When making a movie, directors, producers and writers are driven by the need to convey a particular message or idea to viewers. However, the critical question is whether movies pass acceptable ethical values to individuals and especially the young. Parents must ensure that children watch recommended movies to avoid getting the wrong perception about things (Cotton, 1997). Certain movies may lead to confusion or inculcate negative ethical values among children. Parents should interact with children as they watch movies in order to help them understand the deeper meaning of the movie. Movies should help children develop a positive view of the world and above all, develop a positive mindset. Movies should therefore not just entertain but bear an important social agenda.

Movies helps to tell a particular story in a visually compelling manner. Just like published materials such as novels and books, they should bear a particular ideological, political, or social agenda. Print materials such as novels, poems, and plays provide more to readers than just the bear entertainment value. Such materials help readers develop critical thinking and reflection skills. Similarly, movies should help readers develop critical skills in various areas. Movies should thus provide more than bear entertainment.

Reference

Cotton, R. (1997). Movies and morals. Retrieved from             http://www.leaderu.com/orgs/probe/docs/movies.html

Related:

Hunger of Memory

Hunger of Memory

Question

A major theme in the book is that of identity and namely how a person builds his or her identity.

Sample paper

Hunger of Memory

“Hunger of Memory” is an interesting memoir detailing the educational journey of Richard Rodriguez and the challenges he encounters along the journey. Rodriguez is a minority student of a Mexican descent who starts school in Sacramento, California. His poor mastery of the English language makes it difficult for him to socialize with other learners. He develops a shy personality at school due to his inability to communicate and interact with other learners. Six months down the line, nuns from his school visit his parents and manage to convince them to speak English with Rodriguez and the other children in order to boost his understanding. While this improves his mastery of the language, it brings a sense of alienation from his roots, his family, as well as from his culture.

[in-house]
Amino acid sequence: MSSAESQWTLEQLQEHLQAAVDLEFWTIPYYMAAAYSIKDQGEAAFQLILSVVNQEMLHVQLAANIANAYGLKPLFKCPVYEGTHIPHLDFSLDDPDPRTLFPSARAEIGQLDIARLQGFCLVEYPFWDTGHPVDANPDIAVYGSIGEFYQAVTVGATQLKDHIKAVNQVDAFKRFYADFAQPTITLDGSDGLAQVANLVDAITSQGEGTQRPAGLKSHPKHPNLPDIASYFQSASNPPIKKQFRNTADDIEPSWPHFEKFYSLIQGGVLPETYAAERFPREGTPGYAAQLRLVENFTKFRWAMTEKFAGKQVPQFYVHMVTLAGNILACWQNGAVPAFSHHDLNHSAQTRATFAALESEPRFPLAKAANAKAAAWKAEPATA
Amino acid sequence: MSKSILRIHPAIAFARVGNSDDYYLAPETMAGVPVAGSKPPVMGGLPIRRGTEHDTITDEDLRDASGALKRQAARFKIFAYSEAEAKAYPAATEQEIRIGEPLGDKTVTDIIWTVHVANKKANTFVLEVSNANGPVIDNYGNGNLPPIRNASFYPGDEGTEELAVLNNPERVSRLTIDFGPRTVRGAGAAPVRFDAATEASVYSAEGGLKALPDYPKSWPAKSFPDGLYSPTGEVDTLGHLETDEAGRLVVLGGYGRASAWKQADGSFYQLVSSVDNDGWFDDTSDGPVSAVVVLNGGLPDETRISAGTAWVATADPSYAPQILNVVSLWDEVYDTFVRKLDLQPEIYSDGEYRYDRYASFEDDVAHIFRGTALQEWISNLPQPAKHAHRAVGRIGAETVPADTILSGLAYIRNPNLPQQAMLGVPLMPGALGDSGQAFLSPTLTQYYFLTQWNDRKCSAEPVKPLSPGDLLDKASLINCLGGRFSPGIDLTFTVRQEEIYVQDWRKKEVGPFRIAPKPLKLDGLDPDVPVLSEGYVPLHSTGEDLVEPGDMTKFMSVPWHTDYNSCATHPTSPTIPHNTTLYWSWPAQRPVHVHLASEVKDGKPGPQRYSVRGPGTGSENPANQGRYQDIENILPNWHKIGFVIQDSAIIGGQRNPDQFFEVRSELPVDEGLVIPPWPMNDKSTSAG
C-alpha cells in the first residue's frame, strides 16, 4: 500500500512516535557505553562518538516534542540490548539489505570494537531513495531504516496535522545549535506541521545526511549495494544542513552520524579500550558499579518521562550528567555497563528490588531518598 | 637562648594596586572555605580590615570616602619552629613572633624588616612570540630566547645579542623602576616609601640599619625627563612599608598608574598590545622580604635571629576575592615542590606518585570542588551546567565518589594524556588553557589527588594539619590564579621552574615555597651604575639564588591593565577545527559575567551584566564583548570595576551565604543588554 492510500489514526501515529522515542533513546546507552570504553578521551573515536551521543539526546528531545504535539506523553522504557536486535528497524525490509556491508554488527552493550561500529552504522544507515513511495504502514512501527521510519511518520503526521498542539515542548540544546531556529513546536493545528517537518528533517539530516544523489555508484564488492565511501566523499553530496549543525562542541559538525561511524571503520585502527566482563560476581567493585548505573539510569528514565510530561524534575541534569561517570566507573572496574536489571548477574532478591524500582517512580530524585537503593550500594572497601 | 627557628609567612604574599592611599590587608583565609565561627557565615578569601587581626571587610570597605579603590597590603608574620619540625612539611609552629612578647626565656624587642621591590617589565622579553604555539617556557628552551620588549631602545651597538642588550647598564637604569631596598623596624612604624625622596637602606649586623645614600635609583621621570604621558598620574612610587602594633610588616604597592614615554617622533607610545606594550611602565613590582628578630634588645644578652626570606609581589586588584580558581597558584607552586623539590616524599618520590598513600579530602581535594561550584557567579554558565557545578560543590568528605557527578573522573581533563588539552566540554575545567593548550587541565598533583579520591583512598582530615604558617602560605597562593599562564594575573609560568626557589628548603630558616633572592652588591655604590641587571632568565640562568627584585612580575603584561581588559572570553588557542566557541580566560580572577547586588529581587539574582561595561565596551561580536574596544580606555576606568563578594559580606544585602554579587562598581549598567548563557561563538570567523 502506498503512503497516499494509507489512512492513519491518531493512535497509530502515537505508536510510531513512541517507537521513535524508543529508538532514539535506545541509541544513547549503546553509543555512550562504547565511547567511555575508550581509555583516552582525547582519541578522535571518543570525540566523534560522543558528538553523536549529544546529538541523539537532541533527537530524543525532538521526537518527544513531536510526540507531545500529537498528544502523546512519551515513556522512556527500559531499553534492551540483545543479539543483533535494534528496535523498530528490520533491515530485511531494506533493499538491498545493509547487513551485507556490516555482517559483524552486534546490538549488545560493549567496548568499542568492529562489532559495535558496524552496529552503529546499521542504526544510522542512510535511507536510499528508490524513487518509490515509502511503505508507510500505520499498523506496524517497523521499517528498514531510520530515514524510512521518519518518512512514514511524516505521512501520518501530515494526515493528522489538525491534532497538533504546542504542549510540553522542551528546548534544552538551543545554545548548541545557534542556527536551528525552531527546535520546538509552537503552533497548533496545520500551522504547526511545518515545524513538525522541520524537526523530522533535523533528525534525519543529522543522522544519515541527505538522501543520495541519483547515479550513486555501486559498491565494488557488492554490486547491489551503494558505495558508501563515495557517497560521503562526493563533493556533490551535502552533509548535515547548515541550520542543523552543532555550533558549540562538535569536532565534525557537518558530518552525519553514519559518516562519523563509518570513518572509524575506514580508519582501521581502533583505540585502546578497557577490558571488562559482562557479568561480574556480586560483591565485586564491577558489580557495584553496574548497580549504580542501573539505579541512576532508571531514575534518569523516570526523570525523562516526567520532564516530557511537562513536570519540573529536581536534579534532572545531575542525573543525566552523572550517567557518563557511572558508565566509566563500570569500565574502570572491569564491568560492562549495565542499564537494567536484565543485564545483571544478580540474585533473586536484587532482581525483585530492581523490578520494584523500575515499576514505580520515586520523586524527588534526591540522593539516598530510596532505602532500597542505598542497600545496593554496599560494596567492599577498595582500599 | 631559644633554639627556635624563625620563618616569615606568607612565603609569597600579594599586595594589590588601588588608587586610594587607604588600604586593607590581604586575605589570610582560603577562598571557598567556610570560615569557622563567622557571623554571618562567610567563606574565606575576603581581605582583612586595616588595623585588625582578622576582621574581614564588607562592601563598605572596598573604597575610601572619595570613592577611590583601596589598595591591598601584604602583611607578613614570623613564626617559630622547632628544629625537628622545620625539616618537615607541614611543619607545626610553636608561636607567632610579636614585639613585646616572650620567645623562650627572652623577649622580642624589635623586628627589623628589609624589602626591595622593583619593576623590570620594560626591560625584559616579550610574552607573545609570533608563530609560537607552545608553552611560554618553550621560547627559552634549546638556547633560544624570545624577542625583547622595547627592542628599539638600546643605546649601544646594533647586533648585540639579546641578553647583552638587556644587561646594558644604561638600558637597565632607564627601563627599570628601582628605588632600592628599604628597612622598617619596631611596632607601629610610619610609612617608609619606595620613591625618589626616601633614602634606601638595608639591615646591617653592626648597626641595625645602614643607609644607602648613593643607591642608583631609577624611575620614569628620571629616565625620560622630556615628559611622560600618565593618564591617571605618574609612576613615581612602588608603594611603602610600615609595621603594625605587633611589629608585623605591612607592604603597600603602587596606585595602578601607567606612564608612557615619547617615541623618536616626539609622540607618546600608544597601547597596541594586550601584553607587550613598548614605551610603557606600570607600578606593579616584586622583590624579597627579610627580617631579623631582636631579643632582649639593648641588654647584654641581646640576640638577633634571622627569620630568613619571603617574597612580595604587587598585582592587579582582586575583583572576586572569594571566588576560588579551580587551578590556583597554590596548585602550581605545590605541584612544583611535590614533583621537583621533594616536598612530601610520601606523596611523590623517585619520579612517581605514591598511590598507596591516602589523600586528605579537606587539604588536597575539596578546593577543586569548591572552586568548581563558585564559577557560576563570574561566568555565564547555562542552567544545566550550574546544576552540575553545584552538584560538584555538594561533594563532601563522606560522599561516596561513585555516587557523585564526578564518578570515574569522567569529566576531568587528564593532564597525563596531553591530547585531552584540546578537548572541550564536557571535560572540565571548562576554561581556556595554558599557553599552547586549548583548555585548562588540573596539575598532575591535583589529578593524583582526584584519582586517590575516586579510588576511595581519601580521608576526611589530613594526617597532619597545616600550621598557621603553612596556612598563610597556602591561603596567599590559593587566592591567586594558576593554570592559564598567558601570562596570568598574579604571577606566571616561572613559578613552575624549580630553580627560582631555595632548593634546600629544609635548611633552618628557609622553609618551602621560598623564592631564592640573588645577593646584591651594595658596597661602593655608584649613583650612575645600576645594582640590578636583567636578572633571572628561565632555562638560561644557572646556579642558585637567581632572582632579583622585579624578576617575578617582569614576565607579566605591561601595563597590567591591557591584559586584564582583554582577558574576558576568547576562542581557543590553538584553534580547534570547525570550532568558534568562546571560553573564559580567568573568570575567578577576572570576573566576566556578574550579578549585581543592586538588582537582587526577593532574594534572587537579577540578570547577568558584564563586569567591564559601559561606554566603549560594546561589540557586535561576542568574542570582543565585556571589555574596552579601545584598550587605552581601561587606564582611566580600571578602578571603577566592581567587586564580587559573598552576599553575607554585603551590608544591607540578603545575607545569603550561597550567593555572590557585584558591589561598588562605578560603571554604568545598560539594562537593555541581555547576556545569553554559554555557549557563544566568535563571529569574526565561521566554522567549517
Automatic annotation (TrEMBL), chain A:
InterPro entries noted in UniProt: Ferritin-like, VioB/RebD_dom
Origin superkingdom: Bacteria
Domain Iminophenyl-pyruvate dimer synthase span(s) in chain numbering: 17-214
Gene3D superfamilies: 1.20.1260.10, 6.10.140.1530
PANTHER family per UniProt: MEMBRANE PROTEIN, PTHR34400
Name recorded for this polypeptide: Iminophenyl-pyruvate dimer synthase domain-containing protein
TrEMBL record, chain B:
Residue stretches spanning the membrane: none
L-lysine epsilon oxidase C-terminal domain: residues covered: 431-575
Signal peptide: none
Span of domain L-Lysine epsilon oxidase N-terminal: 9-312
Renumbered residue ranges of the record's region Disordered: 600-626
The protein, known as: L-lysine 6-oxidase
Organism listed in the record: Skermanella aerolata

Rodriguez is the main character in the book. He gives a firsthand experience of his educational journey and assimilation into a new culture. Although Rodriguez mentions his parents countless times, he does not reveal their identity in the memoir. His mother is eager to see him succeed in his educational journey. Nonetheless, she feels sad that Rodriguez must go away for further studies. She could not speak fluent English as she had little formal education. Just like his mother, Rodriguez’s father had little formal education. His mastery of English was poor and did menial jobs all his life due to his poor educational background. Rodriguez understands that his parents are pushing him to study hard so that he does not lead a similar life to theirs. Another character is his grandmother, who could only speak Spanish. The setting is in Sacramento, California, a white-dominated neighborhood. The major change presented in the memoir is Rodriguez’ alienation from his culture.

Related: White Biting Dog Play

The author’s main point is about forging an own identity. At the end of Chapter Two, he says, “It would require many more years of schooling … before I turned unafraid to desire the past” (Rodriguez, 73). This indicates a person who is in search of his identity. In the memoir, Rodriguez presents his identity in two distinct ways: the first is as an author in his present self and the second way as a character in the earlier self. While he is now an adult writer, his work indicates an effort to retrace his old roots. This is also an effort to establish where he fits within the two cultures.